All quiet on the Galileo front
Posted: May 30, 2001

An artist's concept of NASA's Galileo spacecraft in orbit around Jupiter. Photo: NASA/JPL
The excitement of the encounter week has settled down now, and activity levels drop to the quiet murmur which is usual for the cruise portion of an orbit.

On Monday, the Extreme Ultraviolet Spectrometer (EUV) instrument begins a 68-day long study of the ionized hydrogen that permeates the solar system. The length of the observation allows scientists to watch changes in the emissions from this plasma for longer than two full rotations of the sun. This will show the interactions between solar activity and the interplanetary hydrogen gas, and contribute to knowledge of the long-term evolution of the distribution of this gas from solar minimum to solar maximum.

Also on Monday, the spacecraft performs an orbit trim maneuver. In it, the spacecraft thrusters are fired in order to nudge Galileo in its path around Jupiter, lining it up for the next encounter with the satellite Io in early August. The maneuver is preceded by a calibration of the gyroscopes, which are used to maintain the orientation of the spacecraft while the thrusters are firing and the star scanner is shuttered to prevent contamination.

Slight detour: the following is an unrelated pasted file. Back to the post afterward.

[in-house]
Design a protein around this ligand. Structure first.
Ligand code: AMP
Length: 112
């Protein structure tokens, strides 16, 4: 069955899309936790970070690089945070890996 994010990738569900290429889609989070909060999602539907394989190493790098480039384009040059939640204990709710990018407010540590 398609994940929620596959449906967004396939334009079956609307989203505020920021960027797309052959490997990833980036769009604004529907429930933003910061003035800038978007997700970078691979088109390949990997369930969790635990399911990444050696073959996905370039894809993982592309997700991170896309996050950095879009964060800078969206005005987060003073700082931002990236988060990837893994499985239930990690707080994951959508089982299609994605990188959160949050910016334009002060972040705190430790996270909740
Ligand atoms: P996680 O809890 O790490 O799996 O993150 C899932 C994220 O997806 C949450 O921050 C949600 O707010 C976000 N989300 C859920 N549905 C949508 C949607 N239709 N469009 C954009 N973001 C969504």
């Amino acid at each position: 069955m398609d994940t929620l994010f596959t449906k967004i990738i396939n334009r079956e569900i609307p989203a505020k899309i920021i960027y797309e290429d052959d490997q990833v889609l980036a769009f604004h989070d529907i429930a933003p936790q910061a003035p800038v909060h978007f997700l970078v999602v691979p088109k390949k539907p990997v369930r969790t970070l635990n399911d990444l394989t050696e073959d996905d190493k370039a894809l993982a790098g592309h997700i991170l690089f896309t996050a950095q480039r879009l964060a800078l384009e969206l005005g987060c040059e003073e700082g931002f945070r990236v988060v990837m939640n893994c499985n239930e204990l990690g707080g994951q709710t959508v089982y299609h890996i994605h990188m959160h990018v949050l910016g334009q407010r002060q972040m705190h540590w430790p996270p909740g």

On Thursday, the spacecraft is turned by 4.3 degrees to keep the communications antenna pointed more closely towards the Earth. On Sunday, routine maintenance of the spacecraft propulsion system is performed.

During this encounter, the Solid State Imaging camera (SSI) experienced a re-occurrence of an anomaly which causes its pictures to appear completely overexposed. This problem also occurred during Galileo's flyby in December, 2000, affecting something less than half of the images taken at that time. In both cases, high radiation levels near Jupiter appeared to help to trigger the anomaly. Telemetry readings from the camera suggest that all of the near-Callisto images were successfully recorded, and that some earlier observations of Io and Ganymede may have been lost. Our first priority for data playback this week is to return samples of many of those images. This will give us a better indication of exactly which observations were affected. On a subsequent pass over the tape later in the orbit, we will then be able to play back larger areas of unaffected frames to reap their scientific bounty. Ah, the woes of an aging spacecraft in a hostile environment!

On Sunday, the playback process is paused and the spacecraft is settled into a quiet state to ride out a period called Solar Conjunction. This roughly three week time span is when Jupiter, with the Galileo spacecraft in tow, appears to pass behind the Sun as seen from Earth. When the line of sight between Earth and Galileo comes too close to the Sun, radio interference from the active solar atmosphere makes reliable communication impossible.